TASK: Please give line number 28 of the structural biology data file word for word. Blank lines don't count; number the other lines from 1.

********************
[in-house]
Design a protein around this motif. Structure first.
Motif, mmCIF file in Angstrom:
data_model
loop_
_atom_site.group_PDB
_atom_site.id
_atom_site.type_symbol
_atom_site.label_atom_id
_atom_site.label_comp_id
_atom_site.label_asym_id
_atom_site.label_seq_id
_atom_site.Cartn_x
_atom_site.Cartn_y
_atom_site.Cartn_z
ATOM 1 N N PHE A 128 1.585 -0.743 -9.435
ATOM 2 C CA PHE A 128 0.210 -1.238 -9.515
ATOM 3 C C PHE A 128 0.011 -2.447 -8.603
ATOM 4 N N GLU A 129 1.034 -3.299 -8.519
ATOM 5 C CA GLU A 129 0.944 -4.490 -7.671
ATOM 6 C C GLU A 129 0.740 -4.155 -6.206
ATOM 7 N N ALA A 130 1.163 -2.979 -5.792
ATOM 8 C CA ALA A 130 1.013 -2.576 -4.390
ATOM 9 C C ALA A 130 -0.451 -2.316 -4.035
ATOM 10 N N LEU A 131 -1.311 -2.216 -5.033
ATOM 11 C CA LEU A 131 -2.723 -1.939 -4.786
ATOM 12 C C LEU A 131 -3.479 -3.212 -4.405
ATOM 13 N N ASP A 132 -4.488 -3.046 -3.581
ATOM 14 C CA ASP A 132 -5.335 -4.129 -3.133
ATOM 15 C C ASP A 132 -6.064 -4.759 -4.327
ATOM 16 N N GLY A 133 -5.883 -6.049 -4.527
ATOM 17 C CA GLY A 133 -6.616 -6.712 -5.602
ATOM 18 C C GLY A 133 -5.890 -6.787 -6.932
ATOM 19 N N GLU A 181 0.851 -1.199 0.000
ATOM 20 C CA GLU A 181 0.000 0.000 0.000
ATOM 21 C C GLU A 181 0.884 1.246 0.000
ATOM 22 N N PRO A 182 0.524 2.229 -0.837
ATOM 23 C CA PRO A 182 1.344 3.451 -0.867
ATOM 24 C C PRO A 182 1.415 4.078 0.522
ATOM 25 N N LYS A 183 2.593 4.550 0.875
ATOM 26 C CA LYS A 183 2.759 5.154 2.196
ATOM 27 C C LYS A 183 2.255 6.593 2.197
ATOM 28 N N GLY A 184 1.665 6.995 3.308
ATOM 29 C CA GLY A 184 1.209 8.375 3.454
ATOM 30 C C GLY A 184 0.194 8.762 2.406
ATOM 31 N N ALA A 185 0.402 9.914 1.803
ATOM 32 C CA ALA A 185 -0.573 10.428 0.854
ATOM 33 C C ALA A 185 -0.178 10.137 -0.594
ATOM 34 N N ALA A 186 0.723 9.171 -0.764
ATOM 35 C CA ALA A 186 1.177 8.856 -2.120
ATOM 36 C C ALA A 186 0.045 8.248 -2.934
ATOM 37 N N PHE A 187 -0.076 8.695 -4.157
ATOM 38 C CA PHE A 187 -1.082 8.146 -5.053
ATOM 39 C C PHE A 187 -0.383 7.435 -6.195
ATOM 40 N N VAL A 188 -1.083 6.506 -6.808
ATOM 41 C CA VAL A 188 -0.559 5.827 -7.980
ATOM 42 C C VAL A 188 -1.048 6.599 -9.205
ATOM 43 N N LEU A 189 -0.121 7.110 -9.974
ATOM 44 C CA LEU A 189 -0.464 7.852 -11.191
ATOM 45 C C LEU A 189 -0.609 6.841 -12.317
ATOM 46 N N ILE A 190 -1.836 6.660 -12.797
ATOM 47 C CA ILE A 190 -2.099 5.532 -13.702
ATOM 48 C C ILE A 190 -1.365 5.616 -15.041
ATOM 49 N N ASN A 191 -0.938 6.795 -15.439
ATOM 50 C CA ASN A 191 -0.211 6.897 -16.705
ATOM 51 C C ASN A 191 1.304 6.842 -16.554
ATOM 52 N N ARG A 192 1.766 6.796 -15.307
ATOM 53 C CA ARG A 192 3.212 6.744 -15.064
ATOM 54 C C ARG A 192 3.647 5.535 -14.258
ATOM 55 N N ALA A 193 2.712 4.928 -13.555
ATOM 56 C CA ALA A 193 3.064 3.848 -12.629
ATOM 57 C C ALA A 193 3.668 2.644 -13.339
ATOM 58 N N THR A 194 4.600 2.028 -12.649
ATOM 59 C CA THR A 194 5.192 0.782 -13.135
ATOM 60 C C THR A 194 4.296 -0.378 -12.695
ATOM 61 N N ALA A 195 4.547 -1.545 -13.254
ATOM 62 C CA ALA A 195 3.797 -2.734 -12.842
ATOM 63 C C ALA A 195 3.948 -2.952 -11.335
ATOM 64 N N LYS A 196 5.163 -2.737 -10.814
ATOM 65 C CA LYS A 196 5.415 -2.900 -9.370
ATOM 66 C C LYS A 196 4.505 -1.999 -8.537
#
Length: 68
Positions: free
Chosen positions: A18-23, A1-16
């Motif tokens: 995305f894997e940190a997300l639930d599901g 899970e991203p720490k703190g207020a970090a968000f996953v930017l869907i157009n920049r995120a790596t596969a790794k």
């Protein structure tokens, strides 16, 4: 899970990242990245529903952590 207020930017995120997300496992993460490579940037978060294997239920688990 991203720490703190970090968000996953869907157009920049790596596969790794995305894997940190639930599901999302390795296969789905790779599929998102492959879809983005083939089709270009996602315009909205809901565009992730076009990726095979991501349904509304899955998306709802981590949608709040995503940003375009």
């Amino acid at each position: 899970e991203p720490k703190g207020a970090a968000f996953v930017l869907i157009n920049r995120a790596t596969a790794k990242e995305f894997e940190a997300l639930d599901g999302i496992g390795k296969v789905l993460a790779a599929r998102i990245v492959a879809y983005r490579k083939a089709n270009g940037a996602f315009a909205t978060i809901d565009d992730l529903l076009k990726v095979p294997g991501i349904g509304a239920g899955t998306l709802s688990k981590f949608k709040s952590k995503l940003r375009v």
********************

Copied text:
ATOM 13 N N ASP A 132 -4.488 -3.046 -3.581